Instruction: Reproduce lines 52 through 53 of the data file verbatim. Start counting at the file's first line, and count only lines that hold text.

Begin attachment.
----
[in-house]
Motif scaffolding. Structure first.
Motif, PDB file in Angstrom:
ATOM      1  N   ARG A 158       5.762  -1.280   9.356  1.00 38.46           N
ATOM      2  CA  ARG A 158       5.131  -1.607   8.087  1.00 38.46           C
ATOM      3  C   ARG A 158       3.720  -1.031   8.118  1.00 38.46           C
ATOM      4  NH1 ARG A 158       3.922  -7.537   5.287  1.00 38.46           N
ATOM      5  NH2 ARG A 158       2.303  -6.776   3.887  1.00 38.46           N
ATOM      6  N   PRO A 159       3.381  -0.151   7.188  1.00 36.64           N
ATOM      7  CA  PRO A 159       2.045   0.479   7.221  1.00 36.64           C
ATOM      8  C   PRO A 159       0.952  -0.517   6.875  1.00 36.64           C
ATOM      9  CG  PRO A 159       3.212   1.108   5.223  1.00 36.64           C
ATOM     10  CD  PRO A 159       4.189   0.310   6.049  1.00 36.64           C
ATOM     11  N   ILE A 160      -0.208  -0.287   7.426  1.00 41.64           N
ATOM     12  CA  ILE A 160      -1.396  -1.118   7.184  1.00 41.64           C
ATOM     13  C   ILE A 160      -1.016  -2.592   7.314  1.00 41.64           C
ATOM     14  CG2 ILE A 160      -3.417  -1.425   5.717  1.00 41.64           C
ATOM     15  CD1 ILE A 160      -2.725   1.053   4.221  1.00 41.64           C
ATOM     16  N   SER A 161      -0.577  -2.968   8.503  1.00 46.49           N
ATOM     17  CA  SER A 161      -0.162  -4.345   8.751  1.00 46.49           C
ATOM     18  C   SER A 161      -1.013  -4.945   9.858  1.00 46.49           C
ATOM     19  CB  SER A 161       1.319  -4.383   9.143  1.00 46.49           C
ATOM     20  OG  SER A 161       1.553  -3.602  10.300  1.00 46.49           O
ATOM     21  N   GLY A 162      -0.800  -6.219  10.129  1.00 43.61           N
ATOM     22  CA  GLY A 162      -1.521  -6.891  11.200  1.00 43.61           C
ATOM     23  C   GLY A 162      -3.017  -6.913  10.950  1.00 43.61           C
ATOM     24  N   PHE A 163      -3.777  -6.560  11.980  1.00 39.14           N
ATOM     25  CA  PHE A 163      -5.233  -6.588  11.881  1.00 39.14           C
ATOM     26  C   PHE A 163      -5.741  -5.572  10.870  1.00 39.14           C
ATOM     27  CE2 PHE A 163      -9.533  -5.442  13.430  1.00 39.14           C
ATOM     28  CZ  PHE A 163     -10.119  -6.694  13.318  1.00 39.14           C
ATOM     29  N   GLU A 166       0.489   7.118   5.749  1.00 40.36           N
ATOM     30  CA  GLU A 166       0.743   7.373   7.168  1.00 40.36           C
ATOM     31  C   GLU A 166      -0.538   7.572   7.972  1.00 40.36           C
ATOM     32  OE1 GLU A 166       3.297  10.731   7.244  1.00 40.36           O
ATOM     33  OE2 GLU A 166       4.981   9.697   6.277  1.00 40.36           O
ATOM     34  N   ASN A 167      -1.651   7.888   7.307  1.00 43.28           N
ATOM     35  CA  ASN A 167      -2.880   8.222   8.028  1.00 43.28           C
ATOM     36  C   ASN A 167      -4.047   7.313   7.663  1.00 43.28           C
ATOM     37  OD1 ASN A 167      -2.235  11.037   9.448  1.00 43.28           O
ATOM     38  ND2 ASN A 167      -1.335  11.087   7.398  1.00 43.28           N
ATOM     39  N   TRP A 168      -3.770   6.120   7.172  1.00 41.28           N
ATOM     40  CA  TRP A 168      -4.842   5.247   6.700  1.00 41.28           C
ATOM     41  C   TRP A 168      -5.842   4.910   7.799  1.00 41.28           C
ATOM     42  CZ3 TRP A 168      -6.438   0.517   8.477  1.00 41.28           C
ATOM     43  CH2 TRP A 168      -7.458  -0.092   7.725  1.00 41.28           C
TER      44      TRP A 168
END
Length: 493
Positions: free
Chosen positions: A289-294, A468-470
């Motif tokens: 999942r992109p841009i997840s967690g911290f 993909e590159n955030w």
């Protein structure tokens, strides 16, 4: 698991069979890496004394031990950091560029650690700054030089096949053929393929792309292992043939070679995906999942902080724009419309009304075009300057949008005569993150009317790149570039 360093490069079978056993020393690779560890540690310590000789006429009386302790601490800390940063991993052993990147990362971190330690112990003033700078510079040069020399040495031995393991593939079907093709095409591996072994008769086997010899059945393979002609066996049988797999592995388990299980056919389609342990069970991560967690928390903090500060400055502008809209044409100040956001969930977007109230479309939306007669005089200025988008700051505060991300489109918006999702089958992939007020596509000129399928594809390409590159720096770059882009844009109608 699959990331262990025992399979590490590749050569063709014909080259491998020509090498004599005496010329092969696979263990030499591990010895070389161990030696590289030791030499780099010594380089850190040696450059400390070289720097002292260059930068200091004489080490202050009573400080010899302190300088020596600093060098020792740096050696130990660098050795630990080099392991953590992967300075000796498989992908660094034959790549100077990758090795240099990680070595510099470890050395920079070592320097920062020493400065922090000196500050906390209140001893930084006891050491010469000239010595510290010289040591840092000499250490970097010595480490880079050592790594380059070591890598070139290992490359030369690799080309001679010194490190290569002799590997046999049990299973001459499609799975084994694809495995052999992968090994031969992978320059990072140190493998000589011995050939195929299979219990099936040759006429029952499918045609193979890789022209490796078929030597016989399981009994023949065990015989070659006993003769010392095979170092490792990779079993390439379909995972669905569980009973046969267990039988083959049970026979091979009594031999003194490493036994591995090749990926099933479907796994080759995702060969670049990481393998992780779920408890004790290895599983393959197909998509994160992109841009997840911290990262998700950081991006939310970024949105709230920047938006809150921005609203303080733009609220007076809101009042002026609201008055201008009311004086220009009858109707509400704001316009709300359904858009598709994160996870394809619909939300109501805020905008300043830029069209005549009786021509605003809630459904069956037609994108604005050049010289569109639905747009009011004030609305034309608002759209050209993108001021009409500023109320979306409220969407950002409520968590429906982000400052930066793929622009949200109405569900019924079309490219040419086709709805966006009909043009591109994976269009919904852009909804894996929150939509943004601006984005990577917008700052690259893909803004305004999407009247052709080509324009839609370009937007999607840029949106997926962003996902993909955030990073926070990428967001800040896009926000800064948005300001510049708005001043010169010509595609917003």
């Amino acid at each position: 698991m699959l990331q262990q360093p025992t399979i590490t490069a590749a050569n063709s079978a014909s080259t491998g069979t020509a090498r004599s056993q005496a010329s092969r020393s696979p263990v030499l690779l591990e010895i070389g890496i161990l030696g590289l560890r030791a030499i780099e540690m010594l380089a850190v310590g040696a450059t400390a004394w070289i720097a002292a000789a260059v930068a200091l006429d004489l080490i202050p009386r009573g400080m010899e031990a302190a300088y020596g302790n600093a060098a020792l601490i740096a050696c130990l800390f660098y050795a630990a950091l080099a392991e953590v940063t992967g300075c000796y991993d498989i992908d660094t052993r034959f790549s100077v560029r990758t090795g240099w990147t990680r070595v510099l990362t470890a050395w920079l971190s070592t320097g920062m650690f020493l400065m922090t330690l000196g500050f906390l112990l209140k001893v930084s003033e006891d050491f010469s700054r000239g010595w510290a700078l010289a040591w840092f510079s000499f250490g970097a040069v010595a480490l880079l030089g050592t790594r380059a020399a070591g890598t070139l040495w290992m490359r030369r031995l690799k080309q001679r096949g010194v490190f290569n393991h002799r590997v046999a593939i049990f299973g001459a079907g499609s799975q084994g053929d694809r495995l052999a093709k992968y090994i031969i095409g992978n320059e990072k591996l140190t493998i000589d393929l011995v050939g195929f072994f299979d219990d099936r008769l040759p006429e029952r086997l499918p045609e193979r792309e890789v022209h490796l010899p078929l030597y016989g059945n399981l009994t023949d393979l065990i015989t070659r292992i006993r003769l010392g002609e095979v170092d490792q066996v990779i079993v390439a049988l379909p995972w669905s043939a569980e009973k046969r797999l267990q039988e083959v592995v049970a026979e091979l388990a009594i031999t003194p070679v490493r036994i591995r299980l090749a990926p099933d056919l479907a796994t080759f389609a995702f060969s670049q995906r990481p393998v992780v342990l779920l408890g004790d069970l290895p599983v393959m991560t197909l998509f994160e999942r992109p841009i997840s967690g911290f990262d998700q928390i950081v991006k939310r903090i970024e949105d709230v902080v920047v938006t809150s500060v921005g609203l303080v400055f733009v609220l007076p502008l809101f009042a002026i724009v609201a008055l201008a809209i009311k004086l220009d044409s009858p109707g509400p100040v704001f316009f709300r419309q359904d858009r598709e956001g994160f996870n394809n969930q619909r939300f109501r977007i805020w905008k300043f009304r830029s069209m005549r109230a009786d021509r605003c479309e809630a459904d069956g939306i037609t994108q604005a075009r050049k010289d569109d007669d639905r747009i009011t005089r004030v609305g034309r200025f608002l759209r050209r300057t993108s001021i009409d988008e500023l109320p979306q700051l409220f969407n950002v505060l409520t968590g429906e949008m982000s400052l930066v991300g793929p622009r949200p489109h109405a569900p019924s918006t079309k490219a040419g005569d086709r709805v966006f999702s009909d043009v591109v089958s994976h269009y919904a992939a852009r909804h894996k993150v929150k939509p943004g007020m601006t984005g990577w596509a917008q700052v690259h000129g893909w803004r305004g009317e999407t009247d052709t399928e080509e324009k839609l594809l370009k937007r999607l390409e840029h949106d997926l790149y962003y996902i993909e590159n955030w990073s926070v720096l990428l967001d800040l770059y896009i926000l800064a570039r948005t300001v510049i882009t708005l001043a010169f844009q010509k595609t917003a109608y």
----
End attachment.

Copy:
């Motif tokens: 999942r992109p841009i997840s967690g911290f 993909e590159n955030w």
């Protein structure tokens, strides 16, 4: 698991069979890496004394031990950091560029650690700054030089096949053929393929792309292992043939070679995906999942902080724009419309009304075009300057949008005569993150009317790149570039 360093490069079978056993020393690779560890540690310590000789006429009386302790601490800390940063991993052993990147990362971190330690112990003033700078510079040069020399040495031995393991593939079907093709095409591996072994008769086997010899059945393979002609066996049988797999592995388990299980056919389609342990069970991560967690928390903090500060400055502008809209044409100040956001969930977007109230479309939306007669005089200025988008700051505060991300489109918006999702089958992939007020596509000129399928594809390409590159720096770059882009844009109608 699959990331262990025992399979590490590749050569063709014909080259491998020509090498004599005496010329092969696979263990030499591990010895070389161990030696590289030791030499780099010594380089850190040696450059400390070289720097002292260059930068200091004489080490202050009573400080010899302190300088020596600093060098020792740096050696130990660098050795630990080099392991953590992967300075000796498989992908660094034959790549100077990758090795240099990680070595510099470890050395920079070592320097920062020493400065922090000196500050906390209140001893930084006891050491010469000239010595510290010289040591840092000499250490970097010595480490880079050592790594380059070591890598070139290992490359030369690799080309001679010194490190290569002799590997046999049990299973001459499609799975084994694809495995052999992968090994031969992978320059990072140190493998000589011995050939195929299979219990099936040759006429029952499918045609193979890789022209490796078929030597016989399981009994023949065990015989070659006993003769010392095979170092490792990779079993390439379909995972669905569980009973046969267990039988083959049970026979091979009594031999003194490493036994591995090749990926099933479907796994080759995702060969670049990481393998992780779920408890004790290895599983393959197909998509994160992109841009997840911290990262998700950081991006939310970024949105709230920047938006809150921005609203303080733009609220007076809101009042002026609201008055201008009311004086220009009858109707509400704001316009709300359904858009598709994160996870394809619909939300109501805020905008300043830029069209005549009786021509605003809630459904069956037609994108604005050049010289569109639905747009009011004030609305034309608002759209050209993108001021009409500023109320979306409220969407950002409520968590429906982000400052930066793929622009949200109405569900019924079309490219040419086709709805966006009909043009591109994976269009919904852009909804894996929150939509943004601006984005990577917008700052690259893909803004305004999407009247052709080509324009839609370009937007999607840029949106997926962003996902993909955030990073926070990428967001800040896009926000800064948005300001510049708005001043010169010509595609917003």